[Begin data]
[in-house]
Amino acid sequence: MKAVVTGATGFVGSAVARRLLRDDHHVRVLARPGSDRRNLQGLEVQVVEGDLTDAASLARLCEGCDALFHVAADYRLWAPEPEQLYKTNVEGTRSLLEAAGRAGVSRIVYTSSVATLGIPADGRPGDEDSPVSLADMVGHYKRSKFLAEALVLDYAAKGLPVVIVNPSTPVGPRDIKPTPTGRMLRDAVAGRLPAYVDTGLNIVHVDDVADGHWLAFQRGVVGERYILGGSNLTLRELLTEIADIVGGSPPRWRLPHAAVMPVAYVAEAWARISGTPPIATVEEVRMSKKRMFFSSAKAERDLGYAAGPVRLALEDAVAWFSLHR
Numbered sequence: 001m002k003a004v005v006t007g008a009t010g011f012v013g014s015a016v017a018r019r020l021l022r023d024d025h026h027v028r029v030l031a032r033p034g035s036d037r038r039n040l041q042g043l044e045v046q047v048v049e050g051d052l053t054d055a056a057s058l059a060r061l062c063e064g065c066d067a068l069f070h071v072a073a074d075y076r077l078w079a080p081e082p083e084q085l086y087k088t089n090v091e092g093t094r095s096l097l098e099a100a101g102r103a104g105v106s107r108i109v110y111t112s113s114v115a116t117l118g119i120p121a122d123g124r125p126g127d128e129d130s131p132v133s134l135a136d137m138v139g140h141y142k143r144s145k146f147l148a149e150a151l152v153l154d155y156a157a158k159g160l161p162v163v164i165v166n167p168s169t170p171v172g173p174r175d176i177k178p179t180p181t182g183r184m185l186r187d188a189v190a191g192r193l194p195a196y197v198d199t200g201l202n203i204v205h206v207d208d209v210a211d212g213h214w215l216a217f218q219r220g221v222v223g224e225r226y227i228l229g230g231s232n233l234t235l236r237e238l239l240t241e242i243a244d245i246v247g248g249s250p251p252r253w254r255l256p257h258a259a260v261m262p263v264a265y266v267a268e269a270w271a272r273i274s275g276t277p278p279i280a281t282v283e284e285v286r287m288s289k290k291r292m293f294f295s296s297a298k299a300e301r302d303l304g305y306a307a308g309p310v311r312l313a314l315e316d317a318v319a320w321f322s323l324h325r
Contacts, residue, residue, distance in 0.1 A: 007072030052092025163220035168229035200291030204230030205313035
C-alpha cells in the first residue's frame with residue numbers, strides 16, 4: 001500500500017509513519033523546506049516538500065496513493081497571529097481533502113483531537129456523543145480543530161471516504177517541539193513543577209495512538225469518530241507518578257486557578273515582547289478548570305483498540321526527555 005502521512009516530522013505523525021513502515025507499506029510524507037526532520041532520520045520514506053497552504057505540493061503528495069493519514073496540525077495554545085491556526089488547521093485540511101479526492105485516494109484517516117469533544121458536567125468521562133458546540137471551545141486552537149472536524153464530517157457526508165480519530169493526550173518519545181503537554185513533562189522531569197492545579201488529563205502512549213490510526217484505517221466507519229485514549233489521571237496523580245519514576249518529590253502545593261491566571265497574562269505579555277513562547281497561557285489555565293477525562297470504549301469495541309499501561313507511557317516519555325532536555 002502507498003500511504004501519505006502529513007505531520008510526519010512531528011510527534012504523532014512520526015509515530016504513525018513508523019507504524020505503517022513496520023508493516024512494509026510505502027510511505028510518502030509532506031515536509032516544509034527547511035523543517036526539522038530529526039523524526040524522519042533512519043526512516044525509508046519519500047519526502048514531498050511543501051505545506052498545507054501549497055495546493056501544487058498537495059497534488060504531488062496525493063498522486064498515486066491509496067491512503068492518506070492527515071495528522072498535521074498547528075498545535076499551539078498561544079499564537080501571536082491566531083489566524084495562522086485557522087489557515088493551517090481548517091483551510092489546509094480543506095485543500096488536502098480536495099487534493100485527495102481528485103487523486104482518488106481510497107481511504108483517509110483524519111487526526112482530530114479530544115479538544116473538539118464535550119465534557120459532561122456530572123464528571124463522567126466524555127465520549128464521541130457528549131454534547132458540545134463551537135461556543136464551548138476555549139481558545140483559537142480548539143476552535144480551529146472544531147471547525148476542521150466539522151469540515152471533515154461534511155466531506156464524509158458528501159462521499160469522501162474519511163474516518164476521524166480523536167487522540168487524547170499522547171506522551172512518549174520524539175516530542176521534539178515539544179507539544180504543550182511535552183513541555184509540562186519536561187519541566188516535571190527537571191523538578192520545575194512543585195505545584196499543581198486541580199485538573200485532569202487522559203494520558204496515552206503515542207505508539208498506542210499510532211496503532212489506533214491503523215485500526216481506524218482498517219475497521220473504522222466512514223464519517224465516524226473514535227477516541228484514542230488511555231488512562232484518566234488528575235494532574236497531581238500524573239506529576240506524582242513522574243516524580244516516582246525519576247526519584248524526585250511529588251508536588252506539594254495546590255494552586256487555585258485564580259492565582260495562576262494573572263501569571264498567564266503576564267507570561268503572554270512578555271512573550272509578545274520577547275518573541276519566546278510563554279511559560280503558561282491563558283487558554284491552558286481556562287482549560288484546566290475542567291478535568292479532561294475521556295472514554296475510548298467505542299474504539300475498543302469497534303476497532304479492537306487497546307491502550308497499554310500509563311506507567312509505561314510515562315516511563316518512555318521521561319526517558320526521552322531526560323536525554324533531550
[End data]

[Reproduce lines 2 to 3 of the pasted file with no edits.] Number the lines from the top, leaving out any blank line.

Amino acid sequence: MKAVVTGATGFVGSAVARRLLRDDHHVRVLARPGSDRRNLQGLEVQVVEGDLTDAASLARLCEGCDALFHVAADYRLWAPEPEQLYKTNVEGTRSLLEAAGRAGVSRIVYTSSVATLGIPADGRPGDEDSPVSLADMVGHYKRSKFLAEALVLDYAAKGLPVVIVNPSTPVGPRDIKPTPTGRMLRDAVAGRLPAYVDTGLNIVHVDDVADGHWLAFQRGVVGERYILGGSNLTLRELLTEIADIVGGSPPRWRLPHAAVMPVAYVAEAWARISGTPPIATVEEVRMSKKRMFFSSAKAERDLGYAAGPVRLALEDAVAWFSLHR
Numbered sequence: 001m002k003a004v005v006t007g008a009t010g011f012v013g014s015a016v017a018r019r020l021l022r023d024d025h026h027v028r029v030l031a032r033p034g035s036d037r038r039n040l041q042g043l044e045v046q047v048v049e050g051d052l053t054d055a056a057s058l059a060r061l062c063e064g065c066d067a068l069f070h071v072a073a074d075y076r077l078w079a080p081e082p083e084q085l086y087k088t089n090v091e092g093t094r095s096l097l098e099a100a101g102r103a104g105v106s107r108i109v110y111t112s113s114v115a116t117l118g119i120p121a122d123g124r125p126g127d128e129d130s131p132v133s134l135a136d137m138v139g140h141y142k143r144s145k146f147l148a149e150a151l152v153l154d155y156a157a158k159g160l161p162v163v164i165v166n167p168s169t170p171v172g173p174r175d176i177k178p179t180p181t182g183r184m185l186r187d188a189v190a191g192r193l194p195a196y197v198d199t200g201l202n203i204v205h206v207d208d209v210a211d212g213h214w215l216a217f218q219r220g221v222v223g224e225r226y227i228l229g230g231s232n233l234t235l236r237e238l239l240t241e242i243a244d245i246v247g248g249s250p251p252r253w254r255l256p257h258a259a260v261m262p263v264a265y266v267a268e269a270w271a272r273i274s275g276t277p278p279i280a281t282v283e284e285v286r287m288s289k290k291r292m293f294f295s296s297a298k299a300e301r302d303l304g305y306a307a308g309p310v311r312l313a314l315e316d317a318v319a320w321f322s323l324h325r